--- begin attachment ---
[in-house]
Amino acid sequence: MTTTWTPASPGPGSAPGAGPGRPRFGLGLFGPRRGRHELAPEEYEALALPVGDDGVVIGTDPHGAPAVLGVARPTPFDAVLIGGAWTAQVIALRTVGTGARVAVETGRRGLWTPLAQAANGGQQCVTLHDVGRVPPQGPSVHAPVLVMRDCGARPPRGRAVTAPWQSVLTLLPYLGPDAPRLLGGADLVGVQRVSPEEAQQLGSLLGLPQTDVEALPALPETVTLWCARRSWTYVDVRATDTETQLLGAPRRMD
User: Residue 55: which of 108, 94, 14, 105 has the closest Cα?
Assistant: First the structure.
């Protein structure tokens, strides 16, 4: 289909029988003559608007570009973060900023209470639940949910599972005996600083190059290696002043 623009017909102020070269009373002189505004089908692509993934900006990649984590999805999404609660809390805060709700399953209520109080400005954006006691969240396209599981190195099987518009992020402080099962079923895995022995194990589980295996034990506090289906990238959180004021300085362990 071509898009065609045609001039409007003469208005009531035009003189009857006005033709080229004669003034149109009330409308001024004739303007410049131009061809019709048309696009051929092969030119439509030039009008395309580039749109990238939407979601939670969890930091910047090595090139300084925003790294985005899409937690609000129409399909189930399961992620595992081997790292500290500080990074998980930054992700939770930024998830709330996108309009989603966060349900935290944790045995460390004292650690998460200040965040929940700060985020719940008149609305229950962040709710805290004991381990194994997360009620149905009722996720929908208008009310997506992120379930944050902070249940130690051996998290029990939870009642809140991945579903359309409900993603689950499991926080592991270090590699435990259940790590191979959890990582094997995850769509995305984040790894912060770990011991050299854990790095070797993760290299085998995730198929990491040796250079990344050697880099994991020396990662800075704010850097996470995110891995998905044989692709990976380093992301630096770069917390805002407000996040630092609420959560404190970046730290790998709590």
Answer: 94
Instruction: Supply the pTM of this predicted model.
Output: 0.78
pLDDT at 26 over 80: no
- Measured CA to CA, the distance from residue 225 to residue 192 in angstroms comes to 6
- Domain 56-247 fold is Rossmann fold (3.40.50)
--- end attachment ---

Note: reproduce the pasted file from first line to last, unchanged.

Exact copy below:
[in-house]
Amino acid sequence: MTTTWTPASPGPGSAPGAGPGRPRFGLGLFGPRRGRHELAPEEYEALALPVGDDGVVIGTDPHGAPAVLGVARPTPFDAVLIGGAWTAQVIALRTVGTGARVAVETGRRGLWTPLAQAANGGQQCVTLHDVGRVPPQGPSVHAPVLVMRDCGARPPRGRAVTAPWQSVLTLLPYLGPDAPRLLGGADLVGVQRVSPEEAQQLGSLLGLPQTDVEALPALPETVTLWCARRSWTYVDVRATDTETQLLGAPRRMD
User: Residue 55: which of 108, 94, 14, 105 has the closest Cα?
Assistant: First the structure.
């Protein structure tokens, strides 16, 4: 289909029988003559608007570009973060900023209470639940949910599972005996600083190059290696002043 623009017909102020070269009373002189505004089908692509993934900006990649984590999805999404609660809390805060709700399953209520109080400005954006006691969240396209599981190195099987518009992020402080099962079923895995022995194990589980295996034990506090289906990238959180004021300085362990 071509898009065609045609001039409007003469208005009531035009003189009857006005033709080229004669003034149109009330409308001024004739303007410049131009061809019709048309696009051929092969030119439509030039009008395309580039749109990238939407979601939670969890930091910047090595090139300084925003790294985005899409937690609000129409399909189930399961992620595992081997790292500290500080990074998980930054992700939770930024998830709330996108309009989603966060349900935290944790045995460390004292650690998460200040965040929940700060985020719940008149609305229950962040709710805290004991381990194994997360009620149905009722996720929908208008009310997506992120379930944050902070249940130690051996998290029990939870009642809140991945579903359309409900993603689950499991926080592991270090590699435990259940790590191979959890990582094997995850769509995305984040790894912060770990011991050299854990790095070797993760290299085998995730198929990491040796250079990344050697880099994991020396990662800075704010850097996470995110891995998905044989692709990976380093992301630096770069917390805002407000996040630092609420959560404190970046730290790998709590």
Answer: 94
Instruction: Supply the pTM of this predicted model.
Output: 0.78
pLDDT at 26 over 80: no
- Measured CA to CA, the distance from residue 225 to residue 192 in angstroms comes to 6
- Domain 56-247 fold is Rossmann fold (3.40.50)